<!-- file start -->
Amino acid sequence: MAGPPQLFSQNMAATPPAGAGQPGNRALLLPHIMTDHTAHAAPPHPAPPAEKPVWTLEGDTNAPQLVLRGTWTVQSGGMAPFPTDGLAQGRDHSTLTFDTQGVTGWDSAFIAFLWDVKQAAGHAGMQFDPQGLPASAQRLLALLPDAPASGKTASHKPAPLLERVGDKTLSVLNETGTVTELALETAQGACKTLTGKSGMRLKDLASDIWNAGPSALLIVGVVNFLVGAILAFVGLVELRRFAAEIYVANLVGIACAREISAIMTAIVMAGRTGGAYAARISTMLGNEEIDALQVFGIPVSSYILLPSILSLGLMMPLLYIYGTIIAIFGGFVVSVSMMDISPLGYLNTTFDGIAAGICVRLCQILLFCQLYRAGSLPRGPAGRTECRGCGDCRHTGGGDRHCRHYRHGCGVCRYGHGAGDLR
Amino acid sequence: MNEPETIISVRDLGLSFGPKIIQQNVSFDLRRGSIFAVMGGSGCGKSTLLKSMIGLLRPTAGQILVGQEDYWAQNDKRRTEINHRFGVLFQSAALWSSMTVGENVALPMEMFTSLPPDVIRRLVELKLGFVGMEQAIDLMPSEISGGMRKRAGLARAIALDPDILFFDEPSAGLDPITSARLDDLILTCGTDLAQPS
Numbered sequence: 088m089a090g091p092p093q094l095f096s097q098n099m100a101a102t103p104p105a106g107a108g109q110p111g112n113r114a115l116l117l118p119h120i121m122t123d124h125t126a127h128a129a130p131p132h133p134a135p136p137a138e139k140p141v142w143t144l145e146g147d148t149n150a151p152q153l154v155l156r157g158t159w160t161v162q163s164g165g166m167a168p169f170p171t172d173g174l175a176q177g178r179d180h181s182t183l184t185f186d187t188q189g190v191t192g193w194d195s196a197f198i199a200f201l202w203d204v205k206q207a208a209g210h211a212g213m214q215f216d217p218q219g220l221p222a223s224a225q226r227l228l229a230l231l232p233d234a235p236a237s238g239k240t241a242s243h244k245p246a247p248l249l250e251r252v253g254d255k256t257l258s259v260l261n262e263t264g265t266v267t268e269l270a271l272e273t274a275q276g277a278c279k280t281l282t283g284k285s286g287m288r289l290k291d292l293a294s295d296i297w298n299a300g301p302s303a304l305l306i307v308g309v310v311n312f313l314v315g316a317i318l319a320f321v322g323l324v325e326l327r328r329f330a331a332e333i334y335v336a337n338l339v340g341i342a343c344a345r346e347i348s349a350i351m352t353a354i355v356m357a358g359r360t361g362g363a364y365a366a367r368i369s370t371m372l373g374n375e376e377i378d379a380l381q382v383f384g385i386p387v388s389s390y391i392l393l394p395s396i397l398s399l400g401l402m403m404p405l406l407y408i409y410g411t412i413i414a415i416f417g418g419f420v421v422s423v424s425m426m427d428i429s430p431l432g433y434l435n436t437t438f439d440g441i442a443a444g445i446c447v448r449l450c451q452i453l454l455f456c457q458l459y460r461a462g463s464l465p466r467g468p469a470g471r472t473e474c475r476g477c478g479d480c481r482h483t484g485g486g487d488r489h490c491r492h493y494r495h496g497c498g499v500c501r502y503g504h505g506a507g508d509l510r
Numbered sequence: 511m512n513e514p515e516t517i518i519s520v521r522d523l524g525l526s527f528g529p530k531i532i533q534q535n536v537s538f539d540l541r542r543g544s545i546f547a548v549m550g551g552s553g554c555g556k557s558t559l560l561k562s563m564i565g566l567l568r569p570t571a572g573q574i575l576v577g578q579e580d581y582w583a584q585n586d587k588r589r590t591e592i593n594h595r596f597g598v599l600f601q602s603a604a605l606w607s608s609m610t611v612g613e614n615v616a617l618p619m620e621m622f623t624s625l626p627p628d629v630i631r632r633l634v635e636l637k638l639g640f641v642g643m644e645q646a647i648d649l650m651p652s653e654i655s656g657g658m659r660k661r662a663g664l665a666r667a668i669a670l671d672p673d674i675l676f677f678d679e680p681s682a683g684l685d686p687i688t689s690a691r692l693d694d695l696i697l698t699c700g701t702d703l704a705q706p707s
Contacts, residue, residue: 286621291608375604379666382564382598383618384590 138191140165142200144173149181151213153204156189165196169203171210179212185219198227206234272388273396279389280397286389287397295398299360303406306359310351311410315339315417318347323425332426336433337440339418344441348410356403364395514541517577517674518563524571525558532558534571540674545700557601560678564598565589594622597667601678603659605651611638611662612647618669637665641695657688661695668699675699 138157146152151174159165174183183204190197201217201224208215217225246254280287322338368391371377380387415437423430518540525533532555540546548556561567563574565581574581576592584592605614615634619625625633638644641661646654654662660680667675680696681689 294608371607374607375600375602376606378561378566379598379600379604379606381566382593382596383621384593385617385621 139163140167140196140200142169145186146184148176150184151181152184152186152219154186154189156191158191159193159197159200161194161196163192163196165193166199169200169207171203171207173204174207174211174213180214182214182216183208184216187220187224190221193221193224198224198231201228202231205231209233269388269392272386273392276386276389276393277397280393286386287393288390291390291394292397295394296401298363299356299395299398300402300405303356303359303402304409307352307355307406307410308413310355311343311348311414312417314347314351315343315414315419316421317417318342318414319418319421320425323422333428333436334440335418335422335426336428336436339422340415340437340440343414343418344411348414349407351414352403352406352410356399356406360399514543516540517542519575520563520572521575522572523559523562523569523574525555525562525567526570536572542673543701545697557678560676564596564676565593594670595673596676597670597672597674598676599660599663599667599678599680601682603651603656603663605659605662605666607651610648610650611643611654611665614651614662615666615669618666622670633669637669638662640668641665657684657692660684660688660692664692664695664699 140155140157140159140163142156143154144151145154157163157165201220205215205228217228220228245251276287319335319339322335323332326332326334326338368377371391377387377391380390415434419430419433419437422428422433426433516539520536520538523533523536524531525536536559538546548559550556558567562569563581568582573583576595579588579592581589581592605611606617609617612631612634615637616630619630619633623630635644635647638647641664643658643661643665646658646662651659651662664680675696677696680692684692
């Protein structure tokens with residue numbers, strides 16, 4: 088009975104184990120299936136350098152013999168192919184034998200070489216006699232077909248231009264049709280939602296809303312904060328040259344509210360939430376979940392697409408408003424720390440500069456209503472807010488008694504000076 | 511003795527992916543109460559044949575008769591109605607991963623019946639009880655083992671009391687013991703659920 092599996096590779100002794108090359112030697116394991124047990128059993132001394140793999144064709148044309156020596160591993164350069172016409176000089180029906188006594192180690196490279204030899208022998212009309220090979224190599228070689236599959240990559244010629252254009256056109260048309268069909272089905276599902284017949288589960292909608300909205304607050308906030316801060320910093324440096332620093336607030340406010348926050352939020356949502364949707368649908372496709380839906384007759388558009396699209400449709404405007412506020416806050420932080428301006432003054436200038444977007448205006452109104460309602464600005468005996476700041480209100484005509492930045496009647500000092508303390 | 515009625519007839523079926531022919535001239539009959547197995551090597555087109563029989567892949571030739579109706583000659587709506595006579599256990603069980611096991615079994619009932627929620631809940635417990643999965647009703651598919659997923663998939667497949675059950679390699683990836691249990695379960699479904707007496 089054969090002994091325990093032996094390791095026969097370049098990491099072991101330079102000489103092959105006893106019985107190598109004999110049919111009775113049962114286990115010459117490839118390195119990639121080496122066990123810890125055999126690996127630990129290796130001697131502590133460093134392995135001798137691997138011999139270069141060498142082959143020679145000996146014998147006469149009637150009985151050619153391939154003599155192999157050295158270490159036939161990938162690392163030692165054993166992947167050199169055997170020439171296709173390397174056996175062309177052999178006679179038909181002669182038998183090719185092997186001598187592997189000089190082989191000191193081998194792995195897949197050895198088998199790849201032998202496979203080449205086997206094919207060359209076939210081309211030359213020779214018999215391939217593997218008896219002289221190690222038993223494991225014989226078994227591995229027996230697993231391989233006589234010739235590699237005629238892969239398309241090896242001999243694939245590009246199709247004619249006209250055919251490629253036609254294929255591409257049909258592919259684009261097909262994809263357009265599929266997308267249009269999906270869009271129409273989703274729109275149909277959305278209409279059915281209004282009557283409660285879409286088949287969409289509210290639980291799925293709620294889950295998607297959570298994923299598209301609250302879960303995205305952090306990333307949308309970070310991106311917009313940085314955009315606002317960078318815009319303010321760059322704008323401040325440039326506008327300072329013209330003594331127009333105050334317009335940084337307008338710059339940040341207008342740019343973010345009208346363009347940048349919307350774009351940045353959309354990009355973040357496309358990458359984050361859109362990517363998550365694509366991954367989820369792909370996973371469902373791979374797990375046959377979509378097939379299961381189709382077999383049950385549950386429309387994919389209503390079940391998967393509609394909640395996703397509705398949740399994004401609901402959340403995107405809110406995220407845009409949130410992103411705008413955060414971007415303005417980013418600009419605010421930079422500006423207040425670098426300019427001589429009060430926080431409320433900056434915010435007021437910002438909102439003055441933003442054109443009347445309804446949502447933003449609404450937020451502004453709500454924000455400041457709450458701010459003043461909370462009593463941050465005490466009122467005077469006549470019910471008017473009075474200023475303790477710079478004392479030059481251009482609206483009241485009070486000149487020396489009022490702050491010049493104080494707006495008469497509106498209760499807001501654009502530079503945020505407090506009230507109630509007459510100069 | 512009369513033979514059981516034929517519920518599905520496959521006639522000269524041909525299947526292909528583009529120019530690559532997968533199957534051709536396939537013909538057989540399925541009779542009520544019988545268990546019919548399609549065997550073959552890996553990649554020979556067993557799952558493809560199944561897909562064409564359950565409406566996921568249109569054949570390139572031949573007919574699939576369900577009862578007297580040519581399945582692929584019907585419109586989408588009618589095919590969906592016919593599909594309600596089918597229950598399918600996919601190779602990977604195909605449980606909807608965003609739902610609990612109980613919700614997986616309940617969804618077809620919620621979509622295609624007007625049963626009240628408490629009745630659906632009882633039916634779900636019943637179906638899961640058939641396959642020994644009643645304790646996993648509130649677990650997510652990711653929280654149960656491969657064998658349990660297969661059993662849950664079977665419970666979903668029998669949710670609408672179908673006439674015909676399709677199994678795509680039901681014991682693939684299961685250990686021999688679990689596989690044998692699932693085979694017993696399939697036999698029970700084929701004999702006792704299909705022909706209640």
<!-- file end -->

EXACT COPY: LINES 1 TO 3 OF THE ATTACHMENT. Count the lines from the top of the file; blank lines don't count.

Amino acid sequence: MAGPPQLFSQNMAATPPAGAGQPGNRALLLPHIMTDHTAHAAPPHPAPPAEKPVWTLEGDTNAPQLVLRGTWTVQSGGMAPFPTDGLAQGRDHSTLTFDTQGVTGWDSAFIAFLWDVKQAAGHAGMQFDPQGLPASAQRLLALLPDAPASGKTASHKPAPLLERVGDKTLSVLNETGTVTELALETAQGACKTLTGKSGMRLKDLASDIWNAGPSALLIVGVVNFLVGAILAFVGLVELRRFAAEIYVANLVGIACAREISAIMTAIVMAGRTGGAYAARISTMLGNEEIDALQVFGIPVSSYILLPSILSLGLMMPLLYIYGTIIAIFGGFVVSVSMMDISPLGYLNTTFDGIAAGICVRLCQILLFCQLYRAGSLPRGPAGRTECRGCGDCRHTGGGDRHCRHYRHGCGVCRYGHGAGDLR
Amino acid sequence: MNEPETIISVRDLGLSFGPKIIQQNVSFDLRRGSIFAVMGGSGCGKSTLLKSMIGLLRPTAGQILVGQEDYWAQNDKRRTEINHRFGVLFQSAALWSSMTVGENVALPMEMFTSLPPDVIRRLVELKLGFVGMEQAIDLMPSEISGGMRKRAGLARAIALDPDILFFDEPSAGLDPITSARLDDLILTCGTDLAQPS
Numbered sequence: 088m089a090g091p092p093q094l095f096s097q098n099m100a101a102t103p104p105a106g107a108g109q110p111g112n113r114a115l116l117l118p119h120i121m122t123d124h125t126a127h128a129a130p131p132h133p134a135p136p137a138e139k140p141v142w143t144l145e146g147d148t149n150a151p152q153l154v155l156r157g158t159w160t161v162q163s164g165g166m167a168p169f170p171t172d173g174l175a176q177g178r179d180h181s182t183l184t185f186d187t188q189g190v191t192g193w194d195s196a197f198i199a200f201l202w203d204v205k206q207a208a209g210h211a212g213m214q215f216d217p218q219g220l221p222a223s224a225q226r227l228l229a230l231l232p233d234a235p236a237s238g239k240t241a242s243h244k245p246a247p248l249l250e251r252v253g254d255k256t257l258s259v260l261n262e263t264g265t266v267t268e269l270a271l272e273t274a275q276g277a278c279k280t281l282t283g284k285s286g287m288r289l290k291d292l293a294s295d296i297w298n299a300g301p302s303a304l305l306i307v308g309v310v311n312f313l314v315g316a317i318l319a320f321v322g323l324v325e326l327r328r329f330a331a332e333i334y335v336a337n338l339v340g341i342a343c344a345r346e347i348s349a350i351m352t353a354i355v356m357a358g359r360t361g362g363a364y365a366a367r368i369s370t371m372l373g374n375e376e377i378d379a380l381q382v383f384g385i386p387v388s389s390y391i392l393l394p395s396i397l398s399l400g401l402m403m404p405l406l407y408i409y410g411t412i413i414a415i416f417g418g419f420v421v422s423v424s425m426m427d428i429s430p431l432g433y434l435n436t437t438f439d440g441i442a443a444g445i446c447v448r449l450c451q452i453l454l455f456c457q458l459y460r461a462g463s464l465p466r467g468p469a470g471r472t473e474c475r476g477c478g479d480c481r482h483t484g485g486g487d488r489h490c491r492h493y494r495h496g497c498g499v500c501r502y503g504h505g506a507g508d509l510r